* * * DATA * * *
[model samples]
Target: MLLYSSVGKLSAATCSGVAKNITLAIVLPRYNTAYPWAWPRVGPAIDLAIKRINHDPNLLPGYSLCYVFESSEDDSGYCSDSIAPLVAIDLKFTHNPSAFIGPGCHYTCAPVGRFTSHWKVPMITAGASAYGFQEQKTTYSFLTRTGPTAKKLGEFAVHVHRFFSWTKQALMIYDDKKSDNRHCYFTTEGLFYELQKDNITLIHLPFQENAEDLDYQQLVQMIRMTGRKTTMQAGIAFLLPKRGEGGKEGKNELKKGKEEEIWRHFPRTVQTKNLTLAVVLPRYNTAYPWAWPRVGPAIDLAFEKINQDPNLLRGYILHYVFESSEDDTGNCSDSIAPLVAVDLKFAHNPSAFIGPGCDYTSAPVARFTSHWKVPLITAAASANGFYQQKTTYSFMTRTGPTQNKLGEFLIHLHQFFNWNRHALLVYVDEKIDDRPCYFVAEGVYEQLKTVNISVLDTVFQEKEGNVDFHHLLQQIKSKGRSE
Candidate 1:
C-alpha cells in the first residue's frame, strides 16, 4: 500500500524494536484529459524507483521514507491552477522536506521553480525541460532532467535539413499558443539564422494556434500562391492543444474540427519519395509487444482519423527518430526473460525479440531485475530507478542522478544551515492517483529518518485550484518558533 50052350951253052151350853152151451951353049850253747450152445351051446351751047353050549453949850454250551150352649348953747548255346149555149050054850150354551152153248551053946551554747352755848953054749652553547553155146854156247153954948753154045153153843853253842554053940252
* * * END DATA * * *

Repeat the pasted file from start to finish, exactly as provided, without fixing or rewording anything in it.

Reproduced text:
[model samples]
Target: MLLYSSVGKLSAATCSGVAKNITLAIVLPRYNTAYPWAWPRVGPAIDLAIKRINHDPNLLPGYSLCYVFESSEDDSGYCSDSIAPLVAIDLKFTHNPSAFIGPGCHYTCAPVGRFTSHWKVPMITAGASAYGFQEQKTTYSFLTRTGPTAKKLGEFAVHVHRFFSWTKQALMIYDDKKSDNRHCYFTTEGLFYELQKDNITLIHLPFQENAEDLDYQQLVQMIRMTGRKTTMQAGIAFLLPKRGEGGKEGKNELKKGKEEEIWRHFPRTVQTKNLTLAVVLPRYNTAYPWAWPRVGPAIDLAFEKINQDPNLLRGYILHYVFESSEDDTGNCSDSIAPLVAVDLKFAHNPSAFIGPGCDYTSAPVARFTSHWKVPLITAAASANGFYQQKTTYSFMTRTGPTQNKLGEFLIHLHQFFNWNRHALLVYVDEKIDDRPCYFVAEGVYEQLKTVNISVLDTVFQEKEGNVDFHHLLQQIKSKGRSE
Candidate 1:
C-alpha cells in the first residue's frame, strides 16, 4: 500500500524494536484529459524507483521514507491552477522536506521553480525541460532532467535539413499558443539564422494556434500562391492543444474540427519519395509487444482519423527518430526473460525479440531485475530507478542522478544551515492517483529518518485550484518558533 50052350951253052151350853152151451951353049850253747450152445351051446351751047353050549453949850454250551150352649348953747548255346149555149050054850150354551152153248551053946551554747352755848953054749652553547553155146854156247153954948753154045153153843853253842554053940252